J.B. Spins

Jazz, film, and improvised culture.

Friday, November 29, 2019

Stay Home: Ai Weiwei Document’s Ximei’s Life & Activism


Recent revelations of toxic tear gas dispersed throughout Hong Kong and the network of concentration camps imprisoning hundreds of thousands of Uyghurs from East Turkistan prove the Chinese Communist Party is dangerous to human health. AIDS activist Liu Ximei knew that years ago. She was one of the thousands of Henan peasants who contracted the disease through tainted transfusion blood. However, she was not willing to meekly accept the substandard treatment grudgingly provided by state clinics. She organized patients, but that consequently made her a target, as viewers can see in Ai Weiwei’s Stay Home (written, lensed, and edited by Chen Shuo), which predates Andy Cohen & Gaylen Ross’s more complete documentary Ximei, but it still nicely compliments their film, which opens today in New York.

Hip New Yorkers may have already seen Stay Home, because the 2013 film played on a loop during Teacher Ai’s retrospective at the Brooklyn Museum. It is also readily available on YouTube and Vimeo, if you do not live on the Chinese side of the CCP’s Great Firewall.

Stay Home is somewhat less structured and more fly-on-the-wall in the manner it documents the day-to-day health challenges Liu must endure. It also covers a shorter time-span, ending before she becomes a legit couple with her roommate, a fellow AIDS patient. We also witness worse acts of harassment in the newer documentary, because the Henan cadres had the good sense to be on their best behavior when Ai Weiwei showed up with a camera crew. In contrast, Cohen and company do their best to stay undercover. Nevertheless, the apparatchiks’ hostility and resentment for Liu still comes through clearly.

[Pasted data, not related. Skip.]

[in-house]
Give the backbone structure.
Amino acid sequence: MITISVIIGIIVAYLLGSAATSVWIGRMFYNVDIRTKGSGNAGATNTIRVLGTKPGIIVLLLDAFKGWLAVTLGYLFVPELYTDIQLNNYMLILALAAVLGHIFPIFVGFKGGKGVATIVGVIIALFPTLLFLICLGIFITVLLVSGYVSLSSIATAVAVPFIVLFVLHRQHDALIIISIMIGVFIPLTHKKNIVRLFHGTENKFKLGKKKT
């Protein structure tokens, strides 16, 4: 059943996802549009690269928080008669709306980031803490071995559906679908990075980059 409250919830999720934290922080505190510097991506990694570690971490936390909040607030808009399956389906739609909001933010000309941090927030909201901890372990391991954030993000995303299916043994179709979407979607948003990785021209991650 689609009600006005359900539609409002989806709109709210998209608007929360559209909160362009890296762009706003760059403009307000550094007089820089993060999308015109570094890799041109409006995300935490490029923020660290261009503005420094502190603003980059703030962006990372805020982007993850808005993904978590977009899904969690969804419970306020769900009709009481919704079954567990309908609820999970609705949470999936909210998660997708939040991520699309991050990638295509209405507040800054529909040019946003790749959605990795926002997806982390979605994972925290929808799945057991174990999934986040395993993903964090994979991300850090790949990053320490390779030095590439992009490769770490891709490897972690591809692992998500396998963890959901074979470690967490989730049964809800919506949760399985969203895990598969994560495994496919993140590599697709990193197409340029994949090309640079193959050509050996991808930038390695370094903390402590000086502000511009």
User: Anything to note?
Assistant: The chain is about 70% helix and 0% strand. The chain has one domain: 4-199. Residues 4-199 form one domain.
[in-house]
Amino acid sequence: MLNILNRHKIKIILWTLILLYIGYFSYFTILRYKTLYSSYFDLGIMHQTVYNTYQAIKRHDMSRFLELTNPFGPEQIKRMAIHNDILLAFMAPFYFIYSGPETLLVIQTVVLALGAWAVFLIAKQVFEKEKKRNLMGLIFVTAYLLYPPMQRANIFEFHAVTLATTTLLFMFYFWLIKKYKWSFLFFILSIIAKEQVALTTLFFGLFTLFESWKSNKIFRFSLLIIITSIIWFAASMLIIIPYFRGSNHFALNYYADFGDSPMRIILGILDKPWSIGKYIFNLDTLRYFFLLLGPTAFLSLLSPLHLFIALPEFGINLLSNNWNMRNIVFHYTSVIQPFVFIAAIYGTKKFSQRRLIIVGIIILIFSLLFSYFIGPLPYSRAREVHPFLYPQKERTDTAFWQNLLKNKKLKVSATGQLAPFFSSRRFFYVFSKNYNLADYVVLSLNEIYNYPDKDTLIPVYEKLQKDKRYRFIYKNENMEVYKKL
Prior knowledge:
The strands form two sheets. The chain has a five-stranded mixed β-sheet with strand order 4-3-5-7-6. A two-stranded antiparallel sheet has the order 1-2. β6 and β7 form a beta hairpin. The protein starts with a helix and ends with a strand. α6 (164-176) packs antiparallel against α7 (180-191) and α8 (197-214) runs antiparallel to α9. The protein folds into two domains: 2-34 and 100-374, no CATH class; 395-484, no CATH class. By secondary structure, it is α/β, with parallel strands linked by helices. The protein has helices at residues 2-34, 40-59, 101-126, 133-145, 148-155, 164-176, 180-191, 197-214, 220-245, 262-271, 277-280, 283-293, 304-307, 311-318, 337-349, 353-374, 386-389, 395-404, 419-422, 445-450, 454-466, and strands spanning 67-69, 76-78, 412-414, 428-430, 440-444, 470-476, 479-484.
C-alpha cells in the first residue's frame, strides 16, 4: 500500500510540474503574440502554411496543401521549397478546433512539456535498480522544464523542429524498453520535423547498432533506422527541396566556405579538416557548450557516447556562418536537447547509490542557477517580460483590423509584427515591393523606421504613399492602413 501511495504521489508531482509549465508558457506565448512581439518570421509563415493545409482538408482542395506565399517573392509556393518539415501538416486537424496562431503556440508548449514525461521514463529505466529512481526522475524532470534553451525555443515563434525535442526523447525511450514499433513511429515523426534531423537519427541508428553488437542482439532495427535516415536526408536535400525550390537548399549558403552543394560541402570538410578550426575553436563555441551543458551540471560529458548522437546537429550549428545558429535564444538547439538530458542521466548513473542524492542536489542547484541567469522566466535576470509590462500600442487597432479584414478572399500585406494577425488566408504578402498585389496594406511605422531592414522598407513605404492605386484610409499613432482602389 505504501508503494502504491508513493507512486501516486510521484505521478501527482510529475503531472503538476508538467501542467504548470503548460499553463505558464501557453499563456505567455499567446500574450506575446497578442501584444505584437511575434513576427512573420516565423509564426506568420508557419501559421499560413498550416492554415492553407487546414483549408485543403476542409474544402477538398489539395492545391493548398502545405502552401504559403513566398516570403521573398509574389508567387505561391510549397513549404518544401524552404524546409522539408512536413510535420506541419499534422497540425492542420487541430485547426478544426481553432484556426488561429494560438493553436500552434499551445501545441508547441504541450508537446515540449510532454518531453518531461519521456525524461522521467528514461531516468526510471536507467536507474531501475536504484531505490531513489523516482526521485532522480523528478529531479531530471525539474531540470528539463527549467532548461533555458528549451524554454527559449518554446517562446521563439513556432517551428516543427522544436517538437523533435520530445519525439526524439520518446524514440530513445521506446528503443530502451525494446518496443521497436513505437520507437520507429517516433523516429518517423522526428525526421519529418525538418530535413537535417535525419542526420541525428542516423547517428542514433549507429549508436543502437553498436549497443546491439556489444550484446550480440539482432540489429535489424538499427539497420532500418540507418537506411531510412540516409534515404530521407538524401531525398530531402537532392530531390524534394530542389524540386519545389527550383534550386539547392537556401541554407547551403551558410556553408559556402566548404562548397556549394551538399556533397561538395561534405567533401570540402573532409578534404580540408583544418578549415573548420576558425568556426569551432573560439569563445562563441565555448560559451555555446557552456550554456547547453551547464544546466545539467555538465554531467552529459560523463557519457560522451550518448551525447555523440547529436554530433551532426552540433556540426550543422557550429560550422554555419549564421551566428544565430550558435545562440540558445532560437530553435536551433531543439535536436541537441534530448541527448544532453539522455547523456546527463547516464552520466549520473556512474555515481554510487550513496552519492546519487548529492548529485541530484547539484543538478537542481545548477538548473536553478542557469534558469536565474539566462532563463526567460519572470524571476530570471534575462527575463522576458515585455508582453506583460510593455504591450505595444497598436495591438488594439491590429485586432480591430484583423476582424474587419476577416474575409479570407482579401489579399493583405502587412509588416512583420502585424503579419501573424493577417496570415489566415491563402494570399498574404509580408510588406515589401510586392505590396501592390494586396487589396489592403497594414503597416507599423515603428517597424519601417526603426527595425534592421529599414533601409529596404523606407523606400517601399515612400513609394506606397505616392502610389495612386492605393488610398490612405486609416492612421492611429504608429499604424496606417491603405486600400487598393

Even with the Cohen-Ross film now opening, Ai’s Stay Home would still be a significant cinematic expose. It first brought Liu to the attention of the world and vividly captures the circumstances of her life. Teacher Ai’s closing titles also make an important point, explaining how China’s notorious One Child policy contributed to Liu’s tribulations.

Stay Home is a snapshot in time. Things are very different for Ai Weiwei since it was filmed, somewhat different for Liu, and not at all different for thousands of Henan peasants struggling with social scorn and a scandalously low level of care. Stay Home is recommended as an easily streamable introduction to Liu and the Henan AIDS transfusion tragedy, while Cohen & Ross’s Ximei (executive produced by Ai himself) is very highly recommended as a profile in courage and an indictment of the CCP’s callous contempt for human life.

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